Oh!  If only these intelligences of ours were set at the level of their own time; if they were not educated for the ruffs and erudite mortarboards from the era of audiences and governors; if they were not left, in their eagerness to learn, to suckle in the rootless and galvanic literature of half dead foreigners; if the successful association of intelligence that ought to be applied to a country were matched to the country to which it ought to be applied; if South Americans were prepared, not to live in France when they’re not French, nor in the United States (which is the most prolific of these bad models), when they are not North Americans, nor in the colonial era when they are already living post colonially, competing with active, creative, lively and free peoples, but rather, to live in South America!  ….  He who in South America gives his son a mere university education kills him.

Campaigns for political liberty are launched; campaigns for spiritual liberty, for the reconciliation of man with the land in which he ought to live, should be launched with greater vigor.

[1]              Biographical Information extracted from materials found at, see

[2]              La América, Nueva York, noviembre de 1884. Reproducido en Obras completas. Volumen VI. La Habana: Editorial Nacional de Cuba, 1963. 24-26.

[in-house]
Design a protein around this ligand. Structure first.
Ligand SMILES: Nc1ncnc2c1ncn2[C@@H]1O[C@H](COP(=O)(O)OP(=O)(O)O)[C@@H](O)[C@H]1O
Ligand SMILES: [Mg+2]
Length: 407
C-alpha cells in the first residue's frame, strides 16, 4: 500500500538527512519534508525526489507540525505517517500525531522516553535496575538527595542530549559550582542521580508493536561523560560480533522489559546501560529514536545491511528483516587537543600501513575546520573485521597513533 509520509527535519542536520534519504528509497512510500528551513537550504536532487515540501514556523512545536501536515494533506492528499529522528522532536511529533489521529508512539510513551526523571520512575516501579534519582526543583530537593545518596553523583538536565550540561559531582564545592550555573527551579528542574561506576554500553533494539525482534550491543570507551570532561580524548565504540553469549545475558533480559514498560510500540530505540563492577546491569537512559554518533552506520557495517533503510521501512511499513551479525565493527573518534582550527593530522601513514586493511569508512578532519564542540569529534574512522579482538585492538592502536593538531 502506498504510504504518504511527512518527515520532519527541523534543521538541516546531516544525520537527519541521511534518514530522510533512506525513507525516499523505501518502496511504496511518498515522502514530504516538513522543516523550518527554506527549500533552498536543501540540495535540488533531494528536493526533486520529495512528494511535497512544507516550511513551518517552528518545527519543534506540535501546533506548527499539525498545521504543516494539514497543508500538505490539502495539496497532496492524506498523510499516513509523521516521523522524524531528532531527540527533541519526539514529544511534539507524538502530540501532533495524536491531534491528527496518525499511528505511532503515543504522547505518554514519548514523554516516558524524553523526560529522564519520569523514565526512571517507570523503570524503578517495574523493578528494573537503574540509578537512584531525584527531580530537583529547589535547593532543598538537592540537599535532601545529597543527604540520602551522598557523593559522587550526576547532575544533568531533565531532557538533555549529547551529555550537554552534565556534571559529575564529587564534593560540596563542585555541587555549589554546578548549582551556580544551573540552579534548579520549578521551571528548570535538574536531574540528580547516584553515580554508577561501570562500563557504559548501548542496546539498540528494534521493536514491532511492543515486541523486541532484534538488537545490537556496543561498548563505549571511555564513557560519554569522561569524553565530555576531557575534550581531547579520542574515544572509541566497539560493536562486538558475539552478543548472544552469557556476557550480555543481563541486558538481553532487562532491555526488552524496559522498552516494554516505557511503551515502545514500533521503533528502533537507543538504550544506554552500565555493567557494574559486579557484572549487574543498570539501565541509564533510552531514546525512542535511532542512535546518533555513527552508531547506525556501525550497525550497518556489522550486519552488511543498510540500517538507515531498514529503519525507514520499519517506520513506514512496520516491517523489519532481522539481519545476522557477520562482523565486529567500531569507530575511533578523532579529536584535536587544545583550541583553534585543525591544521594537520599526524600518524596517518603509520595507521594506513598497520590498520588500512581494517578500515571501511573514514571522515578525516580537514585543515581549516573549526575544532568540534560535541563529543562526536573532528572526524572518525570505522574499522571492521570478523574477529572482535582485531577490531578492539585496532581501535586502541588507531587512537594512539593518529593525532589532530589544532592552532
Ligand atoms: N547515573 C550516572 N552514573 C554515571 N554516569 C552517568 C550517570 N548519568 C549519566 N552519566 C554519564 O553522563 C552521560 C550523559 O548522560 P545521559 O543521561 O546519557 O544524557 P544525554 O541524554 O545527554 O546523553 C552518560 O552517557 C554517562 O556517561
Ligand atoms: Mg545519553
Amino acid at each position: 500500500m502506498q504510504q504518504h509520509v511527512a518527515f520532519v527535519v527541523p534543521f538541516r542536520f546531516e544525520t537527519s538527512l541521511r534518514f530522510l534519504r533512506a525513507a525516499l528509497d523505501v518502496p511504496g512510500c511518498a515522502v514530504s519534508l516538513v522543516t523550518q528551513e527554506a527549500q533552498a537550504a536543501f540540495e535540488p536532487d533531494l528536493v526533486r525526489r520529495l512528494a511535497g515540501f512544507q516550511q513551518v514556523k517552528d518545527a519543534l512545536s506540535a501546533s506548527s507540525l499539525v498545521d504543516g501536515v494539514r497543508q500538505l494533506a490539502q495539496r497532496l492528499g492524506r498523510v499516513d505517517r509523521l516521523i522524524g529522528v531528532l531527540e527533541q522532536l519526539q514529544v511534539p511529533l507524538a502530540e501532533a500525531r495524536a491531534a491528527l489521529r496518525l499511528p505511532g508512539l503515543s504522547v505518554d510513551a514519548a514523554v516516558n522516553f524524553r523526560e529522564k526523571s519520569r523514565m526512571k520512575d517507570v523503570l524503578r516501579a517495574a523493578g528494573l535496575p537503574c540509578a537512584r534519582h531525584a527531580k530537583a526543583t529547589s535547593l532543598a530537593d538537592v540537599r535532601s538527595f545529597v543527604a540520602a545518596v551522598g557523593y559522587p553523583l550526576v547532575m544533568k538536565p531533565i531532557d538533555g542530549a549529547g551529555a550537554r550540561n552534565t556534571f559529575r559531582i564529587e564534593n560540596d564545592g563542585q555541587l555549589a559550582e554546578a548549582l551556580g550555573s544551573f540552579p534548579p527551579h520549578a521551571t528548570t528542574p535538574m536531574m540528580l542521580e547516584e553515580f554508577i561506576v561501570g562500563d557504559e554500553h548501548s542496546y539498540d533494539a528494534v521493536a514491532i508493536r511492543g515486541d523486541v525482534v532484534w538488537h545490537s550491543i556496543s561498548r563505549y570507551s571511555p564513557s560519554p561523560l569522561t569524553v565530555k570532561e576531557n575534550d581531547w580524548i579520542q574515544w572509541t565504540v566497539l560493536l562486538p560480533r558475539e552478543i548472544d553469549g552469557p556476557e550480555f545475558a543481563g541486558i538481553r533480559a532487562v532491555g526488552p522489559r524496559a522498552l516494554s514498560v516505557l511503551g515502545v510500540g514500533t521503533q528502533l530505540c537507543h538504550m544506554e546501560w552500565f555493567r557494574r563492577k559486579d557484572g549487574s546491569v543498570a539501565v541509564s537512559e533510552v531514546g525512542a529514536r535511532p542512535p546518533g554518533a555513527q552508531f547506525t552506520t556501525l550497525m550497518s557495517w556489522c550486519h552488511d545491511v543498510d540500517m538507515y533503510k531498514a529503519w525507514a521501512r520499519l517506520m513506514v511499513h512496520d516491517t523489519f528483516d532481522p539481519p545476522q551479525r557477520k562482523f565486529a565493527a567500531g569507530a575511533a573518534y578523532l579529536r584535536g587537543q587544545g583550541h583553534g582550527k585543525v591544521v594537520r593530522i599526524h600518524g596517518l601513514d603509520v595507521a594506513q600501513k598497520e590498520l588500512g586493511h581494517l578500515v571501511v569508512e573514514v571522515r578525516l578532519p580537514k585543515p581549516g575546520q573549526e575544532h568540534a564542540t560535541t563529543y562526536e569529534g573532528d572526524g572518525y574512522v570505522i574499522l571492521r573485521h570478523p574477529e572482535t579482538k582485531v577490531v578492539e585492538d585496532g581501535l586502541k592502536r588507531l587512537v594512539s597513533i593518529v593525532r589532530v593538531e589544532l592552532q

[3]              There may have been a play on words in the source text that is not easily duplicated in the target text, i.e., a word similar to the word “palmares”, “palmarés” (with the accented last syllable), means “list of winners” in Spanish.  Also, there may have been an allusion to the importance palms played in the Christian Gospels on the Sunday prior to the execution and resurrection of Jesus the Nazarene.

[4]              The Spanish original places a semicolon rather than a coma at this point, but the following clause would then lack coherence.

[5]              The Spanish original places a semicolon rather than a coma at this point, but the following clause would then lack coherence.

[6]              Translation of the word “frutos” can, even when limited to this context, be justified in very different ways ranging from the very tangible “fruits” or “products” to more intangible concepts such as “successes”, “accomplishments” or, as selected, “achievements”.

[7]              As the term was, I believe, created by Marti and has no adequate English definition, but in its current form, is adequate to convey its meaning to target audiences, it was retained as a culturally borrowed term.